It’s possible a bit more complicated that that, but the fundamental point is the the UK helped draft the Convention of Human Rights, and set up the Court before the EU existed, and will still be a party to it if we leave the EU.

Many good things have come about as a result of cooperation with the other EU countries, and EU wide rules and agreements. For example HGV drivers have to take breaks from time to time and there are limits to how many hours they can drive in one week. Basically, no-one wants HGV or coach drivers falling asleep while at the wheel. Many other safeguards are down to EU legislation. We managed to ensure that doctors weren’t caught by the same rules. I guess the Government of the day figured that the NHS would collapse if doctors only worked a 40 hour week.

And we hear that the EU is “undemocratic”. Firstly, any country in the EU HAS to be democratic, or it doesn’t get in. Secondly, the members of the European Parliament are voted for by voters in each country. BUT, because the heads of states (including the UK) don’t want to be bound by a parliament they don’t control, the European Parliament has limited powers, and most important things get agreed by the various Heads of State meeting as the European Council. And yes, our PM is a member.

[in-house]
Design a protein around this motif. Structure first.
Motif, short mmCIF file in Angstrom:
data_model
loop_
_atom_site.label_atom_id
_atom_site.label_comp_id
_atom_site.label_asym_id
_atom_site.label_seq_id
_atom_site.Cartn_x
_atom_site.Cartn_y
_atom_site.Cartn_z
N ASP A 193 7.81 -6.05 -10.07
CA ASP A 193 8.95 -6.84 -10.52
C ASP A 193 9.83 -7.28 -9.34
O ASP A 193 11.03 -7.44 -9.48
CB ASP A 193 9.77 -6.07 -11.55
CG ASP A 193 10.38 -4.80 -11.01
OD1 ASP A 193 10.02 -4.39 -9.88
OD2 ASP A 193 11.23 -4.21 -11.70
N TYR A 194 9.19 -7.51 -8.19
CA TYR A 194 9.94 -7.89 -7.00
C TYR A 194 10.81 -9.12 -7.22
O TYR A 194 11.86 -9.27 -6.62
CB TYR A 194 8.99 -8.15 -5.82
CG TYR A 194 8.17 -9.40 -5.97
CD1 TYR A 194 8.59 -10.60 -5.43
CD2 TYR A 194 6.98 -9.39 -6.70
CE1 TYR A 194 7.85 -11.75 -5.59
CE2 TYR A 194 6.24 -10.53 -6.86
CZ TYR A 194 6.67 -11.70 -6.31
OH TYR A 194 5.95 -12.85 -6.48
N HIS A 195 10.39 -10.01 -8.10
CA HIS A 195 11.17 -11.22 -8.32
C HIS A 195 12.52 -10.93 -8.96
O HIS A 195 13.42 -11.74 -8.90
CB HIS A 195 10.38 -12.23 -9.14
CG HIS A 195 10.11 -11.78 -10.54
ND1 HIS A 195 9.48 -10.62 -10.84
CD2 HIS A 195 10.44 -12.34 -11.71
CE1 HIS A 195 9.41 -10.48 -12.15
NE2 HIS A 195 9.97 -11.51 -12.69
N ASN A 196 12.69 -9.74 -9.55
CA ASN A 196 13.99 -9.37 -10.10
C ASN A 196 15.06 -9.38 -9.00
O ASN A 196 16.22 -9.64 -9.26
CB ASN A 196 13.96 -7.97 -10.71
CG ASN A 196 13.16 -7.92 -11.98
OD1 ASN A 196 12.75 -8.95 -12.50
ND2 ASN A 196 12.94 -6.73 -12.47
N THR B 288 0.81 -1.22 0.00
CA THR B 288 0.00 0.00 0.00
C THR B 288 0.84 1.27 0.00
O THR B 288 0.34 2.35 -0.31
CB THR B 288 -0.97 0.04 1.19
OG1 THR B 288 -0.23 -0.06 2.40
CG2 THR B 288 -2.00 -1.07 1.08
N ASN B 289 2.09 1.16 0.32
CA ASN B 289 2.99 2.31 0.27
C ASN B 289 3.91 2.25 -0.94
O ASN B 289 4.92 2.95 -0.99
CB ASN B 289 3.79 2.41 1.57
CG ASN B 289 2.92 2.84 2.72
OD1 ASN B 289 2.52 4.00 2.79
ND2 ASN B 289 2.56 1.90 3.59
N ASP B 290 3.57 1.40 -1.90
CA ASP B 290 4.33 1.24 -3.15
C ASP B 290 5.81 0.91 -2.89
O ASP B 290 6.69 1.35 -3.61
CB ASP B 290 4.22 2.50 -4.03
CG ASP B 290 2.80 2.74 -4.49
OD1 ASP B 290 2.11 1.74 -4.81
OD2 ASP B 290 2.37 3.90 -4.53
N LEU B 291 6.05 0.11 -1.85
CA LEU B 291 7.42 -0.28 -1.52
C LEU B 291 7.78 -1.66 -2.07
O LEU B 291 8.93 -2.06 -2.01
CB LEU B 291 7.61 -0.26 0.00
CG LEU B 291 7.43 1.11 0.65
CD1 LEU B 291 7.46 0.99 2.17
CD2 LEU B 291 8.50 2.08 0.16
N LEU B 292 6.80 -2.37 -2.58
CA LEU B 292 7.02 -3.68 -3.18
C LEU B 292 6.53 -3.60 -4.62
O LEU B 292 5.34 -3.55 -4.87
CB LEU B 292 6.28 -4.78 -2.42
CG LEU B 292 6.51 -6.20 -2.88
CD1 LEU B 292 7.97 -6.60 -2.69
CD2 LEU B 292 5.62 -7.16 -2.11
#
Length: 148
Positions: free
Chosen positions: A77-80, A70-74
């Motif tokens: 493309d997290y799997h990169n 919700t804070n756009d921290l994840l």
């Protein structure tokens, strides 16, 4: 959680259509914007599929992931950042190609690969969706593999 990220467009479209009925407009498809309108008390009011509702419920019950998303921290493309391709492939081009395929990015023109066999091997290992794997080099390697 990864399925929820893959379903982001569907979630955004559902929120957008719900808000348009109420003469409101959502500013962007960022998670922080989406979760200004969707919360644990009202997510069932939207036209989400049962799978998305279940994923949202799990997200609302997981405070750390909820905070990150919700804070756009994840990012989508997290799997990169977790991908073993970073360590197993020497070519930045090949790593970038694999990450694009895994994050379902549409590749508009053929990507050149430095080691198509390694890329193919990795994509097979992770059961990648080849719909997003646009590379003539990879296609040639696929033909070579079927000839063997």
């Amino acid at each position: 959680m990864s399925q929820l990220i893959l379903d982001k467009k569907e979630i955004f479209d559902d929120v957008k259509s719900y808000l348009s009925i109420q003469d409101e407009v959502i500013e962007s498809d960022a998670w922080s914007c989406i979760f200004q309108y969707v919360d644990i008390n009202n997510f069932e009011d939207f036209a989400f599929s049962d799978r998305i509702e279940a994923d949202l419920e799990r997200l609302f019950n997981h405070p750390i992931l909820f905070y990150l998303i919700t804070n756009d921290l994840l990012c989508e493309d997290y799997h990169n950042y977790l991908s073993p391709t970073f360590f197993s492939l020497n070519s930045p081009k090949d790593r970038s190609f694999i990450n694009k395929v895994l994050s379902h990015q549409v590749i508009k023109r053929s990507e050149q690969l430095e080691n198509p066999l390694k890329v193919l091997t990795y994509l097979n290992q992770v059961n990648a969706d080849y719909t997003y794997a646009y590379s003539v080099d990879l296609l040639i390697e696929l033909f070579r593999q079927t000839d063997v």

So, “undemocratic” is sometimes used to describe the fact the the European Parliament can’t really do anything without ratification by the heads of state in the European Council. More often it is used to complain about things that other countries like, but we disagree with. It’s rather like me complaining that the UK is undemocratic because I voted for the Monster Raving Looney Party and we have no say in the UK Parliament!